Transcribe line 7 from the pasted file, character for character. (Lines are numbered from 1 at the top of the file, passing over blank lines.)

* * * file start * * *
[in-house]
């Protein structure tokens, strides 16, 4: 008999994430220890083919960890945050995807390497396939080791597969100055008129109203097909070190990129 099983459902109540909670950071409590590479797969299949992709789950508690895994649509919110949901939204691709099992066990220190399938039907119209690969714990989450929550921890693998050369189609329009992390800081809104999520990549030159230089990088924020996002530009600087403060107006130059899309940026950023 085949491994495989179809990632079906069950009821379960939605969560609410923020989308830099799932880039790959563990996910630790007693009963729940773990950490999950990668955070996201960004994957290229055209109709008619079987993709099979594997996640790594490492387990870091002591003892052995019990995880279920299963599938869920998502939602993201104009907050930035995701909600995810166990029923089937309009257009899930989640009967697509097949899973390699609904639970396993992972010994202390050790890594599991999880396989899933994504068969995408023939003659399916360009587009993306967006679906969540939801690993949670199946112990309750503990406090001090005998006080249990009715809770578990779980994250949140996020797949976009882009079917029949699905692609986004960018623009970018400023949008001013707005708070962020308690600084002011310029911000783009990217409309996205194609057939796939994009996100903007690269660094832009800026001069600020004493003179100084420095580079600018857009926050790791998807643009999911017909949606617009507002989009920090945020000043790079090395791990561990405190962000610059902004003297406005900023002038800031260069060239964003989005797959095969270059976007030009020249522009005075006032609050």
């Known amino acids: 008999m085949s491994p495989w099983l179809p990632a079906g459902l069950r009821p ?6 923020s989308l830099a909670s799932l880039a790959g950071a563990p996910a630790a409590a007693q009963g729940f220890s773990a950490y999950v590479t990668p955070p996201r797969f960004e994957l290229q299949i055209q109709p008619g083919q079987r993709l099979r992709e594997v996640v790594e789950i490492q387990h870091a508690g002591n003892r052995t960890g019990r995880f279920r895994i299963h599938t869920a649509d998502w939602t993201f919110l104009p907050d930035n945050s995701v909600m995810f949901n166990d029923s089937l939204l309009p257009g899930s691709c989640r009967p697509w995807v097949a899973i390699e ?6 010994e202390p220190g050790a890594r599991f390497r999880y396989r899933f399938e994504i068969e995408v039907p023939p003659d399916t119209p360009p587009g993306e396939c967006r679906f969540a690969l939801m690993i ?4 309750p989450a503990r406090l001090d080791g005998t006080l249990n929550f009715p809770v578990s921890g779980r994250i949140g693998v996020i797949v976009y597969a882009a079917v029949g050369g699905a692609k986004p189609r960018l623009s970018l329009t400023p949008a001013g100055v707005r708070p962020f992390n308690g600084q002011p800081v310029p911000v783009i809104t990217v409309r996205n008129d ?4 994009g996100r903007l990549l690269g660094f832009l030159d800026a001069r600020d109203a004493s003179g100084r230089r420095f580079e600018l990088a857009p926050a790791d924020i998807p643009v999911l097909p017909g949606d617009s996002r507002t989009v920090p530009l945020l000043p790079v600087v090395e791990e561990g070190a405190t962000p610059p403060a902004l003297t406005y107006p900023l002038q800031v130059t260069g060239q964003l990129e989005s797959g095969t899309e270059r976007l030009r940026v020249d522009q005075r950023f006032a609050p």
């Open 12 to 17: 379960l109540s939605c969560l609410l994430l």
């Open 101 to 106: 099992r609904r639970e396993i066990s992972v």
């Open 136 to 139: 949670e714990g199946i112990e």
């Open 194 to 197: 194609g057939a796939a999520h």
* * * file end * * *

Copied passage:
């Open 194 to 197: 194609g057939a796939a999520h």